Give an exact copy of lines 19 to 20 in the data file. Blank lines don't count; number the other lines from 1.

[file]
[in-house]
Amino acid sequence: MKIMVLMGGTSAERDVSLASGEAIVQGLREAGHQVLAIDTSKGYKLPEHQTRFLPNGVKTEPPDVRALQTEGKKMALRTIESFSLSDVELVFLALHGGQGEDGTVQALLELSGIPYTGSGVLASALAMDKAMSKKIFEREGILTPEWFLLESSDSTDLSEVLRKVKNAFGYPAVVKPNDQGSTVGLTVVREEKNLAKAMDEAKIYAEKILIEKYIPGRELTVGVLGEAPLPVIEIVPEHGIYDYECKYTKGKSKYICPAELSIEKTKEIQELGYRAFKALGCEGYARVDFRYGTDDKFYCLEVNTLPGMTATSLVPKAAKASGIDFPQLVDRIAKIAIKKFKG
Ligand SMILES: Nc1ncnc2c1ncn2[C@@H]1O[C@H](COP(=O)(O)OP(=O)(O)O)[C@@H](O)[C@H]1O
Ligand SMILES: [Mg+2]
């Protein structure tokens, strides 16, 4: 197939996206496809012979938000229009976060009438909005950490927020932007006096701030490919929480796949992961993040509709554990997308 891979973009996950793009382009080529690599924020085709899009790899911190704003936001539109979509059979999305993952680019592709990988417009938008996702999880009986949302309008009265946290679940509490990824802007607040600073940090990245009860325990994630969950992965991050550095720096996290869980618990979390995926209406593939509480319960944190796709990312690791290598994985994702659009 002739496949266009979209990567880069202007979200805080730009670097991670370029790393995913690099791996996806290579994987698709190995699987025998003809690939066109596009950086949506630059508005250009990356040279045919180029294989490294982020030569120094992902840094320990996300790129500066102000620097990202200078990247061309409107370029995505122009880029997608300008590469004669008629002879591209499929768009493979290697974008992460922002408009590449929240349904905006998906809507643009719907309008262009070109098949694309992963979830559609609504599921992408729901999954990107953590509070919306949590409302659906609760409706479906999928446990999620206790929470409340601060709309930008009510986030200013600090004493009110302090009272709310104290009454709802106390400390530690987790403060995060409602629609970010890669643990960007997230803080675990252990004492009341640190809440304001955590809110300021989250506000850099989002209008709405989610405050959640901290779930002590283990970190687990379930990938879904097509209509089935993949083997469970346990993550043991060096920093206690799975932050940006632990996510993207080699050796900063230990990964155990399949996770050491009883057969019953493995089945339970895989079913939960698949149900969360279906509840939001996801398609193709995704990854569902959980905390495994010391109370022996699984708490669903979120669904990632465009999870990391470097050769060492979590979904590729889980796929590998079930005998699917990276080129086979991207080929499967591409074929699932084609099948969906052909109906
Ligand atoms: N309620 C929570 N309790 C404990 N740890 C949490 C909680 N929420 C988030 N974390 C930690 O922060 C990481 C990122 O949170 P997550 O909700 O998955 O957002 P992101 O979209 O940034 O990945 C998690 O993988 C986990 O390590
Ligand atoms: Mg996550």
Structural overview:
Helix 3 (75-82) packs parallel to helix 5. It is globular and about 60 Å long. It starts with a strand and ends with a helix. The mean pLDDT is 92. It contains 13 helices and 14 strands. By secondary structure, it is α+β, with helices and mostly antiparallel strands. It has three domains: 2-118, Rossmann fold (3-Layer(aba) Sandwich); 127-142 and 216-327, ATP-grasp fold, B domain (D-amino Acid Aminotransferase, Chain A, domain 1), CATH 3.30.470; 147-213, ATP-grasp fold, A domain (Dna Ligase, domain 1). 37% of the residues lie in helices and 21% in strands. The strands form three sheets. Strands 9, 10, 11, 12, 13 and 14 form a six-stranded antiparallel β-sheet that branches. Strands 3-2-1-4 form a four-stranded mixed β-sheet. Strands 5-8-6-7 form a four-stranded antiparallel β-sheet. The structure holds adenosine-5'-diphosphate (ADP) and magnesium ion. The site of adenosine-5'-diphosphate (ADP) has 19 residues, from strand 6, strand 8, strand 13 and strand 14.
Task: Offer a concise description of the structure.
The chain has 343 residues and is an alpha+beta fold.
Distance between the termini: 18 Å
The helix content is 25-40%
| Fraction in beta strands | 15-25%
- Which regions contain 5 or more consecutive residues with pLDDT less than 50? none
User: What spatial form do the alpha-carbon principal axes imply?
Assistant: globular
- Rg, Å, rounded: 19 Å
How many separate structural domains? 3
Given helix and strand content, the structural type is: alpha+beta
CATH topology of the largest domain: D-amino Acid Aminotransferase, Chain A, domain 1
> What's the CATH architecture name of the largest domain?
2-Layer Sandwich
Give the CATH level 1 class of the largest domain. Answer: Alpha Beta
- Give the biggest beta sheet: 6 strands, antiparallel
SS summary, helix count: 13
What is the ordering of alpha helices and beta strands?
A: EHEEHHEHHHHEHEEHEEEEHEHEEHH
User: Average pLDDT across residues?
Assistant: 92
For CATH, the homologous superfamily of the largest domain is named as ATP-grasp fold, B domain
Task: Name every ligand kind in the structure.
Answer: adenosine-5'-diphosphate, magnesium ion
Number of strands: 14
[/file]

How many separate structural domains? 3
Given helix and strand content, the structural type is: alpha+beta